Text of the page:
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The Kazdan-Warner trichotomy states that for $n\ge 3$, a compact $n$-manifold falls into one of three categories:

(A) Every (smooth) function is a scalar curvature.

(B) The manifold is strongly scalar flat.

(C) The manifold only admits scalar curvatures which are negative somewhere.

Of course class (A) is nonempty in all dimensions because it contains $S^n$. Gromov and Lawson showed that (B) contains all tori $T^n$. However, it's not clear to me that (C) is nonempty in all dimensions. Kazdan and Warner (Prescribing Curvatures, Proc. Symp. Pure Math. 27) showed:

Let $M$ be a spin manifold with $\hat A(M)\ne 0$ and $b_1(M)=\dim M$. Then $M$ does not admit a metric of zero scalar curvature.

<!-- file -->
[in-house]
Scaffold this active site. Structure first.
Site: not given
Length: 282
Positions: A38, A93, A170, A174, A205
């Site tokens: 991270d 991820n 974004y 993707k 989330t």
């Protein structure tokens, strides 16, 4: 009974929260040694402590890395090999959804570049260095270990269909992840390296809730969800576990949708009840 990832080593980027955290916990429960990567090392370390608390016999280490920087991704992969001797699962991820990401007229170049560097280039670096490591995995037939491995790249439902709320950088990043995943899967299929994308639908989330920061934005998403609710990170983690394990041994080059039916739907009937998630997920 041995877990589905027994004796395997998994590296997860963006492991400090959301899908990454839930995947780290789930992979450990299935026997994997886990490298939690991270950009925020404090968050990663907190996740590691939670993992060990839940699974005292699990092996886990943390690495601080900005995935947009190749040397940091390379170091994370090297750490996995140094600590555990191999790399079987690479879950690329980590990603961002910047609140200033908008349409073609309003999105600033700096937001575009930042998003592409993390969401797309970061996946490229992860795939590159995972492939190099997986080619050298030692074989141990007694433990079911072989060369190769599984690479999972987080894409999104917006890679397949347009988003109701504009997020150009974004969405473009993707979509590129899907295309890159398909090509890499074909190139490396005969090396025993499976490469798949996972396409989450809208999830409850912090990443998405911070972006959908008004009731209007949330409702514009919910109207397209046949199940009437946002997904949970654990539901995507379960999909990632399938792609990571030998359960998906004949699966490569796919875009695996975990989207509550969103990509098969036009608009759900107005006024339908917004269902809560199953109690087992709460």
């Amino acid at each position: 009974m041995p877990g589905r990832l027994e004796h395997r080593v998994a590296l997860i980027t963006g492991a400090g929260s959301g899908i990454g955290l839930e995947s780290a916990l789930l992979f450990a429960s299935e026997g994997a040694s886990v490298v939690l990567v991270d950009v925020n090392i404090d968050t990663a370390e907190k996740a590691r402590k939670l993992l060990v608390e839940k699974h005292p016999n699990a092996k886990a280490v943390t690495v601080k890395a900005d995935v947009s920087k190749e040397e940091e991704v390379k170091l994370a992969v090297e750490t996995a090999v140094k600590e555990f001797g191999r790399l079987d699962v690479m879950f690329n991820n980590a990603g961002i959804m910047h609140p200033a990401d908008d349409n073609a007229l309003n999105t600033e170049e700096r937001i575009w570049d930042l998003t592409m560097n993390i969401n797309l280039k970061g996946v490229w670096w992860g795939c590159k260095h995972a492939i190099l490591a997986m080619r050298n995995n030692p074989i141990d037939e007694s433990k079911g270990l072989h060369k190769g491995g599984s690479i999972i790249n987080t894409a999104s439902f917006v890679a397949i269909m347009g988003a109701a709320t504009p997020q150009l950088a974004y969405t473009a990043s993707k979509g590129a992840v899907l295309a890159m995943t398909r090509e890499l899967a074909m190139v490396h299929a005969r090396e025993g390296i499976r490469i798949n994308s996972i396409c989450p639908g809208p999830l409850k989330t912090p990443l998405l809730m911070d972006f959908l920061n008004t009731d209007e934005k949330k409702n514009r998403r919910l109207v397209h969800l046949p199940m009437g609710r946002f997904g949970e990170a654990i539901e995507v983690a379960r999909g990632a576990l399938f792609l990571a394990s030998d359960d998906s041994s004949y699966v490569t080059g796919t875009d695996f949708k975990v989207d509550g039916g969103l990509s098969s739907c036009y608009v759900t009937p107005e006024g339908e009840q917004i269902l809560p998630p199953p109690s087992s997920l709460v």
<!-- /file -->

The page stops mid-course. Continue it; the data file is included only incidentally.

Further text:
Consequently, any such manifold must be type (C). They only give the example $T^4\#K3$. Are there examples in dimensions $3$ and $\ge 5$ of type (C) manifolds? Presumably one could use the Kazdan-Warner result above and then apply some knowledge of manifolds with nonzero A-roof genus. They mention Hitchin told them one can strengthen the hypothesis to $b_1(M)\ne 0$.

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  • $\begingroup$ Note that $(T^4\# K3)^m$ is a $4m$-dimensional manifold in class (C) using the same criterion. So the missing dimensions are $n \equiv 2, 3, 5, 6, 7 \bmod 8$. By the classification of manifolds in class (A) mentioned in Igor Belegradek's answer, if $n \equiv 3, 5, 6, 7 \bmod 8$, any $n$-manifold in class (C) has non-trivial fundamental group. $\endgroup$ – Michael Albanese Mar 13 '18 at 3:47